The first few times you try to create this kind of questioning strategy, it will not be easy. This is a learning process for you as well. However, after a few tries, both you and the students will get to where you enjoy it. Trust me and trust the process. It works. Some real plusses for this process is that it not only takes the teacher out of the role of always telling the student what to think, but it also gives the student the satisfaction of participating as a supplier of information on which the lesson is built, rather than just as a recorder of facts.

Now comes the last question:


Believe me. After you’ve perfected your questioning, you’re going to start getting more response from the students than you can easily handle. You and they may get so carried away with the exhilaration of the process that you run out of time. DON’T. Always save time for the Capstone Question. This is where you allow the student to summarize for his/her understanding and bring closure to the discussion. The question itself is usually very simple, but it might take a lot of time for the student to process it.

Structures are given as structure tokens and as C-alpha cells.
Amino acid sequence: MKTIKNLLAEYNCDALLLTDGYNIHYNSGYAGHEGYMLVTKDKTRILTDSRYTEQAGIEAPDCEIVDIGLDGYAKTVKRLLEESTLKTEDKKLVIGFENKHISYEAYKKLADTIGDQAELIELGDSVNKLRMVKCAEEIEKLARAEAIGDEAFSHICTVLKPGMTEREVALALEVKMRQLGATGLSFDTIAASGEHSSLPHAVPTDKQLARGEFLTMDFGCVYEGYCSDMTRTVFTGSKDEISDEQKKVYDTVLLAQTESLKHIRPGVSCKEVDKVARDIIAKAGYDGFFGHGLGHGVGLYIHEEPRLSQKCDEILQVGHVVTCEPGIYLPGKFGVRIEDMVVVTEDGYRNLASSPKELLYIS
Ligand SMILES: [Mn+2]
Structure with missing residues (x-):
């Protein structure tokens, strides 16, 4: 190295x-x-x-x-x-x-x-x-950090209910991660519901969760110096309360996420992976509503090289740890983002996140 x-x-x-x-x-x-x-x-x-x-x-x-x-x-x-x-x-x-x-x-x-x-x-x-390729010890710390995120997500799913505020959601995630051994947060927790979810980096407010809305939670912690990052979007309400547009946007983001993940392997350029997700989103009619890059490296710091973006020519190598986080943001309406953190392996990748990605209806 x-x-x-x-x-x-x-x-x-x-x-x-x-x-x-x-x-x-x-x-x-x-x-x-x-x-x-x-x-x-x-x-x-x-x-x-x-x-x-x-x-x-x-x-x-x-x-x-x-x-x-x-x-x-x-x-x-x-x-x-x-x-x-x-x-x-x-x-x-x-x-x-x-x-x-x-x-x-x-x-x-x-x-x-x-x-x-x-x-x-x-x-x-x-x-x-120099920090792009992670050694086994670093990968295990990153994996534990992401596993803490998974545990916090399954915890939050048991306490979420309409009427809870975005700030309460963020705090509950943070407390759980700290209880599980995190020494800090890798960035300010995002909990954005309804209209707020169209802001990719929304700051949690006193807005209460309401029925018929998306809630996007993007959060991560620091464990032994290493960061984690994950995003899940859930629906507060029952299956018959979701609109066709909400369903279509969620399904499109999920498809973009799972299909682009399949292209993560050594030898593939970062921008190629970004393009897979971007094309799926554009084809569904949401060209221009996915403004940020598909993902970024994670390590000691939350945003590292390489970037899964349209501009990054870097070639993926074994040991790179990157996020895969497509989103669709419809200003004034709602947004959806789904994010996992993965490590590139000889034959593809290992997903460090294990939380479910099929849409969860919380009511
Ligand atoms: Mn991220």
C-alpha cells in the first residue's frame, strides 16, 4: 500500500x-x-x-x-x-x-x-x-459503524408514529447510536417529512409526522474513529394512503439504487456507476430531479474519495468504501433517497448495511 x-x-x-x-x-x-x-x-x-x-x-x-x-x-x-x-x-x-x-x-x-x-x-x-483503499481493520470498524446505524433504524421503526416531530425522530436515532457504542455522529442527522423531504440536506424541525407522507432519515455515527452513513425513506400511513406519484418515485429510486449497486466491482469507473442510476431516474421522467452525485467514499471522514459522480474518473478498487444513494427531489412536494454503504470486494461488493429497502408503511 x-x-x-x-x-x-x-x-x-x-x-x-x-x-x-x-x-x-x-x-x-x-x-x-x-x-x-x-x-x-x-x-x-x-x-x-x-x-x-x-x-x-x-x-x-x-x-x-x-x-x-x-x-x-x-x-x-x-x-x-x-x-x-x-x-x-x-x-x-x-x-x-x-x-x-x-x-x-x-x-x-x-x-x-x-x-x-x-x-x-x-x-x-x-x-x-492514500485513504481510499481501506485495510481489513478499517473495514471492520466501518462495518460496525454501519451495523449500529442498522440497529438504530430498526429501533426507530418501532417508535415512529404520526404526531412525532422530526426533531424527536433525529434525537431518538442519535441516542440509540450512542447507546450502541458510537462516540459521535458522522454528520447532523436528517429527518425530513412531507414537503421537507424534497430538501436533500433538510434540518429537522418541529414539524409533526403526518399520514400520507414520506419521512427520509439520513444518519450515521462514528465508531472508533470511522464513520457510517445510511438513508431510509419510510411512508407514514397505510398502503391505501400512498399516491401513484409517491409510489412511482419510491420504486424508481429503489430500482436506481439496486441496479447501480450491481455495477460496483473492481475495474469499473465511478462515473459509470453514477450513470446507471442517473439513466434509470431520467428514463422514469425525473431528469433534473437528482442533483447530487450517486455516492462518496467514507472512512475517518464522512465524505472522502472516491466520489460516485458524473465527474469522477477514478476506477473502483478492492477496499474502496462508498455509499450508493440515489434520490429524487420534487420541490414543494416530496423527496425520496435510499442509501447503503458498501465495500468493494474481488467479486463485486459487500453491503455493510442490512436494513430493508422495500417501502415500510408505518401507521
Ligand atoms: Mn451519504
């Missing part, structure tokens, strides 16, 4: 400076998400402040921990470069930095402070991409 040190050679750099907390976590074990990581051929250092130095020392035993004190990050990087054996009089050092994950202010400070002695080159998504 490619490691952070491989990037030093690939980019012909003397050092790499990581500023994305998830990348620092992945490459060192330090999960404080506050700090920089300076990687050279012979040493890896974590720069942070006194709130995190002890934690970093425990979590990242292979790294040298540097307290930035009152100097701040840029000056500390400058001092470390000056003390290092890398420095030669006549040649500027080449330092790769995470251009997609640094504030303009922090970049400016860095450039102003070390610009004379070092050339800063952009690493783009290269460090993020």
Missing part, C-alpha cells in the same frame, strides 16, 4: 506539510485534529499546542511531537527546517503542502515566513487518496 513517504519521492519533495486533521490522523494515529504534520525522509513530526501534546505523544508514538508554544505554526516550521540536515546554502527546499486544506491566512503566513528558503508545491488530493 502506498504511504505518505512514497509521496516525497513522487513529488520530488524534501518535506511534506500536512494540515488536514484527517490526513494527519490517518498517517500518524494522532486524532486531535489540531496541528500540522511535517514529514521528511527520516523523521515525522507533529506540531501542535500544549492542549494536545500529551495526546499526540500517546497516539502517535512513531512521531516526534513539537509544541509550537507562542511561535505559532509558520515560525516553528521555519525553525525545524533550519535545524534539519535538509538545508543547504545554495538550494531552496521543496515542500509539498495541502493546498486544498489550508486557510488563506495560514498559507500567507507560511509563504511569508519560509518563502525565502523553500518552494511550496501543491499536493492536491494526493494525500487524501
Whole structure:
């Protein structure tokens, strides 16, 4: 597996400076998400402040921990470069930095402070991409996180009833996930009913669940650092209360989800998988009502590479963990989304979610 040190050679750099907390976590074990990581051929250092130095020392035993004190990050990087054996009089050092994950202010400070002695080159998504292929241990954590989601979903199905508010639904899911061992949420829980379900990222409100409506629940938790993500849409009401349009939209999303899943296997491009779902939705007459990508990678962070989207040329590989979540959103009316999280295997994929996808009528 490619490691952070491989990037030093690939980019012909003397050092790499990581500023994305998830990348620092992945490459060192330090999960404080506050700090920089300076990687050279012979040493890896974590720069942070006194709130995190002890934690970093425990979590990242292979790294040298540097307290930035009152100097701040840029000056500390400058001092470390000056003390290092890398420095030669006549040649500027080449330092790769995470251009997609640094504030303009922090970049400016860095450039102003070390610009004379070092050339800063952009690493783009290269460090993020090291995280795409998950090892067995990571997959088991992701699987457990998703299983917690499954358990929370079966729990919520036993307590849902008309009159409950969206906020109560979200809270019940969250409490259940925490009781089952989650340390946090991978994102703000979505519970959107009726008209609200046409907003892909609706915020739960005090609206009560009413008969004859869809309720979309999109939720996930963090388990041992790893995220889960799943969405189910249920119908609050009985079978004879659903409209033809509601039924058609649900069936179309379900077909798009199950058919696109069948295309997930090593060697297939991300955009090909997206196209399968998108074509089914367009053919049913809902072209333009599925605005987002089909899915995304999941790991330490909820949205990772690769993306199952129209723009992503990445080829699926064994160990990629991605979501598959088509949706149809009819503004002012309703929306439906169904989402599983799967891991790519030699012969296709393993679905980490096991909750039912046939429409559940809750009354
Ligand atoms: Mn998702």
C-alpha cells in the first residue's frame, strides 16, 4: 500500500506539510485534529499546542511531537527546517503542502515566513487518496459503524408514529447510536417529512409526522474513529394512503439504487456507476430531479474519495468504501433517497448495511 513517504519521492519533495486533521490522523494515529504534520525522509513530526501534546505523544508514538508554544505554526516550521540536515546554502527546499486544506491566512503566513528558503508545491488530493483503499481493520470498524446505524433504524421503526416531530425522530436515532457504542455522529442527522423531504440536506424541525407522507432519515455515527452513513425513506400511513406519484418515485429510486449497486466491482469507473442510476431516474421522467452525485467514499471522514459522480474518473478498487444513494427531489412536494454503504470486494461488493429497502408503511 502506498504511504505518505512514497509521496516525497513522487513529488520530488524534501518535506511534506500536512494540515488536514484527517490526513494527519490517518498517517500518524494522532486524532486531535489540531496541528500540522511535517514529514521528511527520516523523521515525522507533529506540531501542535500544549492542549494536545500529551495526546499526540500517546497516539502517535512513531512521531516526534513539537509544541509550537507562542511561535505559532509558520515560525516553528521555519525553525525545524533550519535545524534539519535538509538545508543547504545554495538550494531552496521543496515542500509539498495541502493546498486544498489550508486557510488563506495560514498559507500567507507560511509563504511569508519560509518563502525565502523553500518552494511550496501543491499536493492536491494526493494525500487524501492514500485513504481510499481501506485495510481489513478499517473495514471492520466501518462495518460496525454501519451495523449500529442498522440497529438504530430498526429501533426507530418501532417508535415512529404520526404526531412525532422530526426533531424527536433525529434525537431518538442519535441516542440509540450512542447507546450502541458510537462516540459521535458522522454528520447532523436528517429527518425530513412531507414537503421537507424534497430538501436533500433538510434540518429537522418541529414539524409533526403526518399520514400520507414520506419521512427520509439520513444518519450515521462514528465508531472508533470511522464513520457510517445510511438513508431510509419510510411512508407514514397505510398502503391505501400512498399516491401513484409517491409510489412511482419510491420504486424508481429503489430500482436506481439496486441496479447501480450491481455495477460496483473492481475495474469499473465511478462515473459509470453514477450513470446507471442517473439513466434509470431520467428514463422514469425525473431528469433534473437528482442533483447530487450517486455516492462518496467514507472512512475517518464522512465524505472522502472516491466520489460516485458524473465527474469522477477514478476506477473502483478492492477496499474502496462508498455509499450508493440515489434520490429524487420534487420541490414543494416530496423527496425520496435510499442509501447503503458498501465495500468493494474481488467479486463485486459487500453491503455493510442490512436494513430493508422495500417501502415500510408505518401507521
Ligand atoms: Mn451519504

“Based on our discussion, what can we say about the Texas War for Independence?”

“How might we summarize the relations between Mexicans and Anglo-Americans in 1835?”

Now it’s your turn. If you want to try your questioning strategy on me first, there is a link you can click to send me an e-mail. It may take a while, but I WILL respond. Choose any story you want; tell me what it is so we’re on the same page, and send me two examples of Open Questions, Focus Questions, Interpretive Questions and Capstone Questions based on that story. Then, for each of your questions, give me some possible answers to your questions. Remember that you need to have in mind some of the more obvious answers on which to build your continuing questions. Establish a dialog with me about what you’ve done, and when we’ve hammered it out, with your permission, I’ll share some of them with others who access the site.

Trust the process. IT WORKS!


Atomic Web Katz